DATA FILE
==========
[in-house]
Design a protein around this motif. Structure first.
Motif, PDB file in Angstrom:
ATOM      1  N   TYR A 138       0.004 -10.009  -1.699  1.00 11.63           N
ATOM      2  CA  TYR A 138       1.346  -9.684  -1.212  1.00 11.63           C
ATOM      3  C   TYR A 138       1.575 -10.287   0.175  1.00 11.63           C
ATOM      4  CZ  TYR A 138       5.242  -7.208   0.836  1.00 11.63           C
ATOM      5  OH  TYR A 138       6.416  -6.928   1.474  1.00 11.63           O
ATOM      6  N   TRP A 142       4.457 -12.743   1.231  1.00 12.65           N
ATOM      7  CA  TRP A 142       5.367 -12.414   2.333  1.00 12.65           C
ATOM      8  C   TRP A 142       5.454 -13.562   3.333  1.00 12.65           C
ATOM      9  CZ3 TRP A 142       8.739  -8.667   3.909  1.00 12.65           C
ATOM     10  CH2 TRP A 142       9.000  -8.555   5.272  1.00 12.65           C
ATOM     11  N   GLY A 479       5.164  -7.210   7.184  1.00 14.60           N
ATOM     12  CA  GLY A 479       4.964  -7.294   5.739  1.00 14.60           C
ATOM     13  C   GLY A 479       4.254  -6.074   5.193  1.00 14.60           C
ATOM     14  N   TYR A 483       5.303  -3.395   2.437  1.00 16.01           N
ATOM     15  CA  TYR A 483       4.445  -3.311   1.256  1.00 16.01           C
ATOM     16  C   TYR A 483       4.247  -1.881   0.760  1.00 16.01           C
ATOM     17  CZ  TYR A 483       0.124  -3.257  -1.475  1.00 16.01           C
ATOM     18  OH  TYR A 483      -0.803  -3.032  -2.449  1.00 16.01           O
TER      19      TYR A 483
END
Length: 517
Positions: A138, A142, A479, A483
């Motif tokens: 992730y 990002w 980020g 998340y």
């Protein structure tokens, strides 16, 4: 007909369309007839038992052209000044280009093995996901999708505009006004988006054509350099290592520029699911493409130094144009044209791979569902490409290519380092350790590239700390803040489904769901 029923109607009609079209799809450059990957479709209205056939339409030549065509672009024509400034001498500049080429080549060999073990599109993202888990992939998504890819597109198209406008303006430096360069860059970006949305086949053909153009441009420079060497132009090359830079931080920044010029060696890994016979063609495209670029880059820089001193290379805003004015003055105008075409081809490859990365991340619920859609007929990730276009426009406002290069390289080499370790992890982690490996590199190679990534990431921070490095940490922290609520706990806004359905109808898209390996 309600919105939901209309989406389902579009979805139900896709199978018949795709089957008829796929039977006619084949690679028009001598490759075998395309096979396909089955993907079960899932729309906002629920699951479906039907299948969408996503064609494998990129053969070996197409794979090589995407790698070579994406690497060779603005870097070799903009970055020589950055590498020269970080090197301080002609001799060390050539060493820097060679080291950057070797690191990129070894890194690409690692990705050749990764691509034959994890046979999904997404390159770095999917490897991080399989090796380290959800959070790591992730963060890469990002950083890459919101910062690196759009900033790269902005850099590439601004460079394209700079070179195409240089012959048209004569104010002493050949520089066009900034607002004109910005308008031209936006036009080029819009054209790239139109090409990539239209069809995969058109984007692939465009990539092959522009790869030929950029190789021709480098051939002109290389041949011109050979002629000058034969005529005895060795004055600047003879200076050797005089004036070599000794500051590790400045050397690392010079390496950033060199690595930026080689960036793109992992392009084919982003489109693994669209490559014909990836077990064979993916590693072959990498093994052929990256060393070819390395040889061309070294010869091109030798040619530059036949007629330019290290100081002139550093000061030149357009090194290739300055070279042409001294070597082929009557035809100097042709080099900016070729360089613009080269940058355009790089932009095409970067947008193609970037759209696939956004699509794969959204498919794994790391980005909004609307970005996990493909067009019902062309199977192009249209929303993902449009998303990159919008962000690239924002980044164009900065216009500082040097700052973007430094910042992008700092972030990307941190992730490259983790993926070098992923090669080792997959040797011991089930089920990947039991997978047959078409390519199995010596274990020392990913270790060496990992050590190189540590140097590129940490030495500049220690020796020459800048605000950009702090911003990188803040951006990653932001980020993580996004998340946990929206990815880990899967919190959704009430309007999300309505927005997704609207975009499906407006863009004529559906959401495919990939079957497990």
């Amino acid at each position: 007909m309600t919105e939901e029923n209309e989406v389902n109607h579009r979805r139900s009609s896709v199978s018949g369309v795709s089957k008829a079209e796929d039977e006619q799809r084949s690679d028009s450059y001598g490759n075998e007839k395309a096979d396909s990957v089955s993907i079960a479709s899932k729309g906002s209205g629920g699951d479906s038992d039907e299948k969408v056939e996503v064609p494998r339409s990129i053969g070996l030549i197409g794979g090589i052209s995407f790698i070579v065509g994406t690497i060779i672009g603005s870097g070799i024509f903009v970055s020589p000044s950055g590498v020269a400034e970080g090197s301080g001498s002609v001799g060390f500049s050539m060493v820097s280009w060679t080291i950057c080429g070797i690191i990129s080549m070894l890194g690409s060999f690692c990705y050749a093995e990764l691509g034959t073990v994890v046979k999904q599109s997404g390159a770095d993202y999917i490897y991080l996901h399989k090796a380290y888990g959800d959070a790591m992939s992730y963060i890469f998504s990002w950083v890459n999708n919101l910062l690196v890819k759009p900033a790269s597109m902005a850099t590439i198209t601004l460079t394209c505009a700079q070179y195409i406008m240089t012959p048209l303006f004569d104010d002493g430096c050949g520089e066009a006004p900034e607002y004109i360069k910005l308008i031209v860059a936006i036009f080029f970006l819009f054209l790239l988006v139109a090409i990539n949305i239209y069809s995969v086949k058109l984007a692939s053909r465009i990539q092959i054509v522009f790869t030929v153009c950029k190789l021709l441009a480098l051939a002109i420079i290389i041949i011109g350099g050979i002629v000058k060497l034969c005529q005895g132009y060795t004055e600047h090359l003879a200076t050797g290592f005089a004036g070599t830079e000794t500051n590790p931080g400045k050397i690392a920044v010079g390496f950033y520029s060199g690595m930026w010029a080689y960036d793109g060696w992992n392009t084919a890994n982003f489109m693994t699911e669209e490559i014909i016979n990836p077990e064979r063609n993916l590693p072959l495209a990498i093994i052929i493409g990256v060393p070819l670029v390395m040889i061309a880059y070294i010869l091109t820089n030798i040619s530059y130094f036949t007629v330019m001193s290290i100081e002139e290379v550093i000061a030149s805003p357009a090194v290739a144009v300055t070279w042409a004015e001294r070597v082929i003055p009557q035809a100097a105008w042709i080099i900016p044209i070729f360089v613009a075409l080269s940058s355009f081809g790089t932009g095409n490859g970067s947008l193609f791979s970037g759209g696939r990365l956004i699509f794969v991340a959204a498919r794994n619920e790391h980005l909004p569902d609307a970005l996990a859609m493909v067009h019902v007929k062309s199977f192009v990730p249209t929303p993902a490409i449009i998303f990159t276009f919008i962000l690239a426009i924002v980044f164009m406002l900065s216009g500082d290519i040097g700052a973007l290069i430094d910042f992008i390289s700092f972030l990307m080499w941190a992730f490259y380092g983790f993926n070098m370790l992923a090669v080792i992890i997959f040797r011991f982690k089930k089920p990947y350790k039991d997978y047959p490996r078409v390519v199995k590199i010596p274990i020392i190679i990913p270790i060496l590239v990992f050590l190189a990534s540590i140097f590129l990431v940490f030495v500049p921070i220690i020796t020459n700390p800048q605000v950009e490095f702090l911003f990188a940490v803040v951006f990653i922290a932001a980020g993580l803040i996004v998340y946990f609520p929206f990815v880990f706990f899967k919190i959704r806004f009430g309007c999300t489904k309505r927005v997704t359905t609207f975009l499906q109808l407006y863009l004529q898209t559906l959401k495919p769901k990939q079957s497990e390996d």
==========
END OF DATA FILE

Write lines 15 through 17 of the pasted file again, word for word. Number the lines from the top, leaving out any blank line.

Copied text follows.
ATOM     12  CA  GLY A 479       4.964  -7.294   5.739  1.00 14.60           C
ATOM     13  C   GLY A 479       4.254  -6.074   5.193  1.00 14.60           C
ATOM     14  N   TYR A 483       5.303  -3.395   2.437  1.00 16.01           N